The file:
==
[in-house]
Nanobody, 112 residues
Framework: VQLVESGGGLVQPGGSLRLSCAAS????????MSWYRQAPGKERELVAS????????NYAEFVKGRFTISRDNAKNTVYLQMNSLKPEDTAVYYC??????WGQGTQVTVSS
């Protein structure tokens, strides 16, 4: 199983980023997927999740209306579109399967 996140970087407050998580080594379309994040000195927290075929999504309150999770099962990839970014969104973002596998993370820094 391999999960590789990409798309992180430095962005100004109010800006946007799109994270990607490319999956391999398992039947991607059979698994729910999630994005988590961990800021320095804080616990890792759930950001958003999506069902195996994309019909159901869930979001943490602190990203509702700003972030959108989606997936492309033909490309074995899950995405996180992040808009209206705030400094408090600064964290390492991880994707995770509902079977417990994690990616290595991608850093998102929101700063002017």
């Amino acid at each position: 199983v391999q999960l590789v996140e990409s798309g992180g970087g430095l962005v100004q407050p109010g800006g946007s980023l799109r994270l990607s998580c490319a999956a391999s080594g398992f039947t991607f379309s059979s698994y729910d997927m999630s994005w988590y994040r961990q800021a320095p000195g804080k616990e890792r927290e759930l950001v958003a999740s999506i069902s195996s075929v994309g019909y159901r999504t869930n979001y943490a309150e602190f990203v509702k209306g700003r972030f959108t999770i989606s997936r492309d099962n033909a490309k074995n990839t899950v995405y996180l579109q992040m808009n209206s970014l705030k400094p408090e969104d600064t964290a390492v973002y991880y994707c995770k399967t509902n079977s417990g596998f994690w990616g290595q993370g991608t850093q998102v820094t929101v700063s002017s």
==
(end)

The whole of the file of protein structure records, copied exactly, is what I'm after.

[in-house]
Nanobody, 112 residues
Framework: VQLVESGGGLVQPGGSLRLSCAAS????????MSWYRQAPGKERELVAS????????NYAEFVKGRFTISRDNAKNTVYLQMNSLKPEDTAVYYC??????WGQGTQVTVSS
């Protein structure tokens, strides 16, 4: 199983980023997927999740209306579109399967 996140970087407050998580080594379309994040000195927290075929999504309150999770099962990839970014969104973002596998993370820094 391999999960590789990409798309992180430095962005100004109010800006946007799109994270990607490319999956391999398992039947991607059979698994729910999630994005988590961990800021320095804080616990890792759930950001958003999506069902195996994309019909159901869930979001943490602190990203509702700003972030959108989606997936492309033909490309074995899950995405996180992040808009209206705030400094408090600064964290390492991880994707995770509902079977417990994690990616290595991608850093998102929101700063002017």
């Amino acid at each position: 199983v391999q999960l590789v996140e990409s798309g992180g970087g430095l962005v100004q407050p109010g800006g946007s980023l799109r994270l990607s998580c490319a999956a391999s080594g398992f039947t991607f379309s059979s698994y729910d997927m999630s994005w988590y994040r961990q800021a320095p000195g804080k616990e890792r927290e759930l950001v958003a999740s999506i069902s195996s075929v994309g019909y159901r999504t869930n979001y943490a309150e602190f990203v509702k209306g700003r972030f959108t999770i989606s997936r492309d099962n033909a490309k074995n990839t899950v995405y996180l579109q992040m808009n209206s970014l705030k400094p408090e969104d600064t964290a390492v973002y991880y994707c995770k399967t509902n079977s417990g596998f994690w990616g290595q993370g991608t850093q998102v820094t929101v700063s002017s």